Definition of Peapod

1. Noun. The pod which surrounds growing peas ¹



¹ Source: wiktionary.com

Definition of Peapod

1. the seed case of a pea [n -S]

Lexicographical Neighbors of Peapod

peanut brittle
peanut galleries
peanut milk
peanut oil
peanut paste
peanut vine
peanut worm
peanutlike
peanuts
peanutty
peapod (current term)
peapods
pear
pear-shaped
pear-shaped area
pear blight
pear haw
pear hawthorn
pear of anguish
pear tree
pear trees
pearce
pearced
pearceite
pearces

Literary usage of Peapod

Below you will find example usage of this term as found in modern and/or classical literature:

1. Junction: Mild Adventure for the Armchair Ruralist by Vic Campbell (1992)
"About the only one that didn't know was Mr. peapod, who owned the dog. Rud- yard "Rud" peapod and his wife, Martha, lived in a farmhouse, not a half mile ..."

2. Josh Billings' Old Farmer's Allminax, 1870-1879: Wtih Comic Illustrationsby Josh Billings, Henry Wheeler Shaw by Josh Billings, Henry Wheeler Shaw (1902)
"... Col peapod born 1500 ril = * Col peapod waz a Korporal ^95 If Q wind sharp ITl Q now lay in yure winter kats ..."

3. British Columbia Pilot by United States Hydrographic Office (1920)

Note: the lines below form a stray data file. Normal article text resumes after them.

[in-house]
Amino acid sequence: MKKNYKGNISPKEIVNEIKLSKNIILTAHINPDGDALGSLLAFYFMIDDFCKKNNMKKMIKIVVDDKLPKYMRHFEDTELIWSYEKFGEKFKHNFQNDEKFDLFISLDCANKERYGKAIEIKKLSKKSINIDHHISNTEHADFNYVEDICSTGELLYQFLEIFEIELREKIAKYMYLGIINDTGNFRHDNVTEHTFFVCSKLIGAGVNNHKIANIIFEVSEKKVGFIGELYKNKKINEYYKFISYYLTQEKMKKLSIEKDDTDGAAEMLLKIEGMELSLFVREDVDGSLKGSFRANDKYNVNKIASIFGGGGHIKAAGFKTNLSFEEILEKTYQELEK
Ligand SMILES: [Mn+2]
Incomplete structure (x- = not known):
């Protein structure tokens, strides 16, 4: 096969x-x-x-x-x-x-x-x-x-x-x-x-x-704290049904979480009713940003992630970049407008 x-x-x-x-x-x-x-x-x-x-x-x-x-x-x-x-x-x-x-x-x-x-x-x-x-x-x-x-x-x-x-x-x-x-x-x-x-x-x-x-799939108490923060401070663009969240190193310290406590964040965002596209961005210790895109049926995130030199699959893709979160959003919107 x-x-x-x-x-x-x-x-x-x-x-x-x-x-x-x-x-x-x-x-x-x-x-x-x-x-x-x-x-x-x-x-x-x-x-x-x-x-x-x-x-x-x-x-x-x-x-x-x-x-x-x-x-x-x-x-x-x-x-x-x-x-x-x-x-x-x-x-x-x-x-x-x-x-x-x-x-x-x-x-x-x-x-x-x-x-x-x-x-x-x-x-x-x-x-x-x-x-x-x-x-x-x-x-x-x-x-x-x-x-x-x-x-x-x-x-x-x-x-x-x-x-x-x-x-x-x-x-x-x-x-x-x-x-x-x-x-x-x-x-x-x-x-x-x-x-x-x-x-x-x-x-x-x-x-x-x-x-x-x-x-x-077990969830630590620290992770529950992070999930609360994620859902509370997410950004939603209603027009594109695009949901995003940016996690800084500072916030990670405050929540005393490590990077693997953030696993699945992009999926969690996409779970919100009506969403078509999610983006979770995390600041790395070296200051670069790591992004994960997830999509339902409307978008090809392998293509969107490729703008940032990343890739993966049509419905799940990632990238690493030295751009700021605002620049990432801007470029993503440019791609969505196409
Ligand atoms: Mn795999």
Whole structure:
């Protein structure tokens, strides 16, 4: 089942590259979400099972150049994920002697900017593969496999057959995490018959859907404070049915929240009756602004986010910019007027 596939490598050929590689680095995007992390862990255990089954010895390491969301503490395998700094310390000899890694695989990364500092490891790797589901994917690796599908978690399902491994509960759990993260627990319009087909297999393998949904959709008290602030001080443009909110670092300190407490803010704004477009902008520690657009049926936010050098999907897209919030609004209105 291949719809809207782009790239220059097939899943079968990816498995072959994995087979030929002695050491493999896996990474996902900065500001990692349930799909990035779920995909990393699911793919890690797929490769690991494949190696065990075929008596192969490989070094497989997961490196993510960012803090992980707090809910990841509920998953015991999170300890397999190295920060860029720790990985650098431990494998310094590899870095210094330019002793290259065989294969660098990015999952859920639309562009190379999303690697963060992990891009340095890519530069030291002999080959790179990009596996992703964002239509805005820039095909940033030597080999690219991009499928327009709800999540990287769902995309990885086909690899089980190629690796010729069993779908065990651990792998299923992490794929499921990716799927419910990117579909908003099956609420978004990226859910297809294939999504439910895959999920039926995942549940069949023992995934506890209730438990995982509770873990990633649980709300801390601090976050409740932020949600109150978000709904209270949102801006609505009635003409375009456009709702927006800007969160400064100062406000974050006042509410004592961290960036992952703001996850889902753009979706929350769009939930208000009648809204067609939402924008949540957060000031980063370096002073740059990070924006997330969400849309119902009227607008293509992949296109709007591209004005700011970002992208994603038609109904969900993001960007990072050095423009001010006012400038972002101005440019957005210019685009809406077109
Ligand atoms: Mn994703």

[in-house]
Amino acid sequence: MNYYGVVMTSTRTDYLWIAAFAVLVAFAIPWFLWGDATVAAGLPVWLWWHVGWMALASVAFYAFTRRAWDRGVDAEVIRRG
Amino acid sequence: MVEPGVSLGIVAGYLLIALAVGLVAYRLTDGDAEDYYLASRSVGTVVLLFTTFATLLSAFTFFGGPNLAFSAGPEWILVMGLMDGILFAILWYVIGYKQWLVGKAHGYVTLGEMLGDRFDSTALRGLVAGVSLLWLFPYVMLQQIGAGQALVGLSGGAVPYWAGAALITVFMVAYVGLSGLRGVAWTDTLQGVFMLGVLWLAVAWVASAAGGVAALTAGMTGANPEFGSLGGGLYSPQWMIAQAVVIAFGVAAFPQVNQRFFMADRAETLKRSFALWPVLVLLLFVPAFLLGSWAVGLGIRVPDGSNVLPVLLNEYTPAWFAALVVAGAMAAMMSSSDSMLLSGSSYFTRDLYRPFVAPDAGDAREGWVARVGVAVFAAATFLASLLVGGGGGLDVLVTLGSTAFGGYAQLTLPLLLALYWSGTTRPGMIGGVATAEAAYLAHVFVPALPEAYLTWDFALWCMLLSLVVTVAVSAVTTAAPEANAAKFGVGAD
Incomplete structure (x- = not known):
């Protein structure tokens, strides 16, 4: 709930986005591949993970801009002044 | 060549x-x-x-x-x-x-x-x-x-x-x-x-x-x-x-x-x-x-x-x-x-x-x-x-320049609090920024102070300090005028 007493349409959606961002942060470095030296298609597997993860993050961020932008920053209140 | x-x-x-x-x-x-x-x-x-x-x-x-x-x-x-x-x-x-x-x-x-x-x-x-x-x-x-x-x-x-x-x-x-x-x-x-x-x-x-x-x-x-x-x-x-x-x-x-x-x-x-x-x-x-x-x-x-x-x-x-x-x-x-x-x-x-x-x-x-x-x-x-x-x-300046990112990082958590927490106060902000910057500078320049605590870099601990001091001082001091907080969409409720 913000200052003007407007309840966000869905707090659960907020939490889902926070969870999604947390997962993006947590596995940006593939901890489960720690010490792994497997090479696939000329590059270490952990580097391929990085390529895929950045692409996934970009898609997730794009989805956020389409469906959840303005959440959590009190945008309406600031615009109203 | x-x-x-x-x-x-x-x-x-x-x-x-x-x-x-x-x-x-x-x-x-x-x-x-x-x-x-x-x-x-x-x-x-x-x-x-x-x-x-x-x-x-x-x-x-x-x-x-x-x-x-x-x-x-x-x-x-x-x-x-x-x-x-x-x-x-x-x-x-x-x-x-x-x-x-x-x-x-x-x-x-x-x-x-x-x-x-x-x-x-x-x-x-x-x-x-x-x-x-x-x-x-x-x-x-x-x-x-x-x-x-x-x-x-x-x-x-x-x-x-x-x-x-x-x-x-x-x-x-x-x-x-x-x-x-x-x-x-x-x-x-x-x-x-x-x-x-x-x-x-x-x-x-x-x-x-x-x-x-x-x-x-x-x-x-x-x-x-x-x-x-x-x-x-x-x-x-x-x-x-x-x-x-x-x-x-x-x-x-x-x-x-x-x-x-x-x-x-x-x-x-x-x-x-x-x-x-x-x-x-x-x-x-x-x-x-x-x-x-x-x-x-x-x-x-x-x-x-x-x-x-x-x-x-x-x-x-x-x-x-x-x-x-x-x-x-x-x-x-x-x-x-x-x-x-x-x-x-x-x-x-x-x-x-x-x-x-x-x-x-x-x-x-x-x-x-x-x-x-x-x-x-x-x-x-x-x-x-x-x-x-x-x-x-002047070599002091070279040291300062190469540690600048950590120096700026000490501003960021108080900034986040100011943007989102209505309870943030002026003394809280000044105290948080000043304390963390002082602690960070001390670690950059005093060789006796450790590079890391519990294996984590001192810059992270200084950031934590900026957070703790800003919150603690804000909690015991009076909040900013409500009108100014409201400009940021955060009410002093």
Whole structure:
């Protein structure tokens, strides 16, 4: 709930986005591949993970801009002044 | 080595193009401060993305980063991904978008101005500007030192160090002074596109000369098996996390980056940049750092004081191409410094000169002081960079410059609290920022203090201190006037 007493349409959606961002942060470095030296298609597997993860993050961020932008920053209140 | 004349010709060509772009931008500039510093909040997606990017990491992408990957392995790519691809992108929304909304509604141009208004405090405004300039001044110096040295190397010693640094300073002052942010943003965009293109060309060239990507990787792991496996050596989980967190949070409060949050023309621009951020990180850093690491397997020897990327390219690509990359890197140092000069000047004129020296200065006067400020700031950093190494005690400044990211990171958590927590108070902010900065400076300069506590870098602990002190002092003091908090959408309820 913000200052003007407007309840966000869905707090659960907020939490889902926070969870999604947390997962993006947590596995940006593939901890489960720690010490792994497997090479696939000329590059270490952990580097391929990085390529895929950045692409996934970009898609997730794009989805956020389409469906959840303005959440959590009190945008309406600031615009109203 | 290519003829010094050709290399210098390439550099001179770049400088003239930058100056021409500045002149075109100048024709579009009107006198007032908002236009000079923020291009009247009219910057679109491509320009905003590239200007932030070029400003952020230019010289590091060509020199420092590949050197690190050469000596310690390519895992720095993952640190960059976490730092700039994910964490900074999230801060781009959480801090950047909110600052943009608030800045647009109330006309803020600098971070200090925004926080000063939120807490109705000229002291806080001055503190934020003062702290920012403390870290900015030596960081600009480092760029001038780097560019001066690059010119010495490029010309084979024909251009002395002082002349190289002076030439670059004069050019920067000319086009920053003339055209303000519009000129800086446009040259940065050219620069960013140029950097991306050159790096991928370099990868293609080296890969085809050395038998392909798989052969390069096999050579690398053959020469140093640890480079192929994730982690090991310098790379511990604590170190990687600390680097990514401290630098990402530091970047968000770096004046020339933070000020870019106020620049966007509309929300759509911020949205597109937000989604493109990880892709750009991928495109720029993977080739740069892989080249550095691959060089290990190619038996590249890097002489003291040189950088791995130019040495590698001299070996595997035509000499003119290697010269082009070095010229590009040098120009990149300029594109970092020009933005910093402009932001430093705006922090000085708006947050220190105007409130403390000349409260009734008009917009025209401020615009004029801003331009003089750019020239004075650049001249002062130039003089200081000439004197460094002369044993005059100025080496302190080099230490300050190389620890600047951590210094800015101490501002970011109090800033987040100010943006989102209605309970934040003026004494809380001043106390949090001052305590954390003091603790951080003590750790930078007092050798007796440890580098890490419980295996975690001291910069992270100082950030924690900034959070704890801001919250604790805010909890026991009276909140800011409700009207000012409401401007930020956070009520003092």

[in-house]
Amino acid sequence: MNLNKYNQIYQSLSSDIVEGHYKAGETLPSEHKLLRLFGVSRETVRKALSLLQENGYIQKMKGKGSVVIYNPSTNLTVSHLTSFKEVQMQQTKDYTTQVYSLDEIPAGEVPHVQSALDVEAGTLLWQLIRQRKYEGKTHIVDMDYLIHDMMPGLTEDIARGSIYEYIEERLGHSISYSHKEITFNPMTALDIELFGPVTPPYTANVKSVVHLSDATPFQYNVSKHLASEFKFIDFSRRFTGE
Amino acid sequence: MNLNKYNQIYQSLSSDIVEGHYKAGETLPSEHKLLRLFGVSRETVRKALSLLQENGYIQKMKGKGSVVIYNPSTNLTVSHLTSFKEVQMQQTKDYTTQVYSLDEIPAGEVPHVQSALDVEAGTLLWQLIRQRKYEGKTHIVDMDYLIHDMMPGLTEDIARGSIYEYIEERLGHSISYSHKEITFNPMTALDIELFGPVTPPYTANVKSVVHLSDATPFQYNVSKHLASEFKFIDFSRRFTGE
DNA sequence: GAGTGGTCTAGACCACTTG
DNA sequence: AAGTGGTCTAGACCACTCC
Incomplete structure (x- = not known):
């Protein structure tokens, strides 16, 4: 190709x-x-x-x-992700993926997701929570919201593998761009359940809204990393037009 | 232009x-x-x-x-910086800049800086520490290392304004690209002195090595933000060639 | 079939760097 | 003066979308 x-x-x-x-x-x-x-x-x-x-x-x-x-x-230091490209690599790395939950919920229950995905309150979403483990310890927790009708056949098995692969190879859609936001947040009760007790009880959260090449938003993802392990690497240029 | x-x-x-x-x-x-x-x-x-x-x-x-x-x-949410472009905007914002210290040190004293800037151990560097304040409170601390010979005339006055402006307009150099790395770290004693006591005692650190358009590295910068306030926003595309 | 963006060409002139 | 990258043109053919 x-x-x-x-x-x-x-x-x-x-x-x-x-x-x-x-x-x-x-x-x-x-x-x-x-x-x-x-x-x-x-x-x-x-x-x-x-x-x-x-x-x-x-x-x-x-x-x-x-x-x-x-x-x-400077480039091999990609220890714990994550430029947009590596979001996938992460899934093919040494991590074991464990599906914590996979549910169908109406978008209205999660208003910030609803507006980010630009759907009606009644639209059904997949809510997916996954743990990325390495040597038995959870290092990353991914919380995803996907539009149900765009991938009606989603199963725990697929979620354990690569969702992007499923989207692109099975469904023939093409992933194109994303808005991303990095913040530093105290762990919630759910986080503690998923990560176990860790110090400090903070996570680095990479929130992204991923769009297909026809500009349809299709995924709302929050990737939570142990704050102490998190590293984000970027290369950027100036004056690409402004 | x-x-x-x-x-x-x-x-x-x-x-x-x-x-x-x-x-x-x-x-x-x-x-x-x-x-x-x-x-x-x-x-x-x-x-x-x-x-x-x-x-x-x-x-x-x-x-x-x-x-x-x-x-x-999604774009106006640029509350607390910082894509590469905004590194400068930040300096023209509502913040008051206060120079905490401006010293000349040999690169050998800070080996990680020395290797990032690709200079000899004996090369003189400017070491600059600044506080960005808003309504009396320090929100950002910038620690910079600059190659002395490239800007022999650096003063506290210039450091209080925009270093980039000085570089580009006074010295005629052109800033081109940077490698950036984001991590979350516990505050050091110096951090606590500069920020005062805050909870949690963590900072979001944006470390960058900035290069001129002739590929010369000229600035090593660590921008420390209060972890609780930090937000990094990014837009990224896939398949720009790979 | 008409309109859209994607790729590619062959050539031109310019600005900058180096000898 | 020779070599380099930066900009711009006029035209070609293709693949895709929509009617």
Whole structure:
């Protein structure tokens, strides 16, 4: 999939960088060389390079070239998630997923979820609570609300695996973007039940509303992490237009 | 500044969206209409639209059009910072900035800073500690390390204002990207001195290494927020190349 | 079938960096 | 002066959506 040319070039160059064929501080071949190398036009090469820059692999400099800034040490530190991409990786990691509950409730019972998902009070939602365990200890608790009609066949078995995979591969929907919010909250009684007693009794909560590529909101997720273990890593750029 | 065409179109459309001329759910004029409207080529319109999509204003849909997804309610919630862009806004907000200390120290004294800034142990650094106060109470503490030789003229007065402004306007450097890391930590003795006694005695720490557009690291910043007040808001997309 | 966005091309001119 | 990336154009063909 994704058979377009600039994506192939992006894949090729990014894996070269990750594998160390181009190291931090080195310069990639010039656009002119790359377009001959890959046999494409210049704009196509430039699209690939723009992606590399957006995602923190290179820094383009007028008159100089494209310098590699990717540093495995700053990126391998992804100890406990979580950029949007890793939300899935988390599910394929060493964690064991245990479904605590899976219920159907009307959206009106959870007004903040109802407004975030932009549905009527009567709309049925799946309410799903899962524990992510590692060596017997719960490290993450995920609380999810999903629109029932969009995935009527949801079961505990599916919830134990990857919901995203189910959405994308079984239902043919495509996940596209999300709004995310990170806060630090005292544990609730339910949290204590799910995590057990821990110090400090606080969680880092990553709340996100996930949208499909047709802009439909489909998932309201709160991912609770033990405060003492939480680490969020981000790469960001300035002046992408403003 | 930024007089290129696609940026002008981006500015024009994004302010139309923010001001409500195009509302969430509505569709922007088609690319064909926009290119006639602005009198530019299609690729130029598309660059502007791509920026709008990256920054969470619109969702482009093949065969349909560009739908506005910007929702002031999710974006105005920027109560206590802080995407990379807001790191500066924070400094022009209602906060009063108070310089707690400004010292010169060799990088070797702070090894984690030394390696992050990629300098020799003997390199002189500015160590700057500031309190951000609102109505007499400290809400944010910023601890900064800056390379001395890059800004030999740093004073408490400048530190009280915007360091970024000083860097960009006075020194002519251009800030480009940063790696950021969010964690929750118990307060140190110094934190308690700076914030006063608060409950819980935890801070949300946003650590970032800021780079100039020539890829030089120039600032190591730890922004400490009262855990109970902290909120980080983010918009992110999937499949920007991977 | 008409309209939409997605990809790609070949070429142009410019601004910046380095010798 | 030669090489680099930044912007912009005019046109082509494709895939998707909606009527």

"peapod Rocks are a cluster of small rocks extending about 1 mile in a general northeast and southwest direction, parallel with and a little over \ mile from ..."

4. Temptation; Or, The Unknown Heiress by John Frederick Smith (1855)
"Upon inquiring the cause, they were informed by a waiter who was in a tremendous hurry, that Lord peapod was entertaining his friends with one of the finest ..."

5. Words and Their Ways in English Speech by James Bradstreet Greenough, George Lyman Kittredge (1901)
"The English squash means an 'unripe peapod' (or 'peascod'), and is connected with the verb squash, ' to crush'; the latter probably coming (through the Old ..."

6. Macmillan's Magazine by David Masson, George Grove, John Morley, Mowbray Morris (1865)
"... and the flat shield of the moonwort, and a peapod, and more whose names I know not. But should they all be seed and fruit?” “Yea, truly, my Stina, ..."

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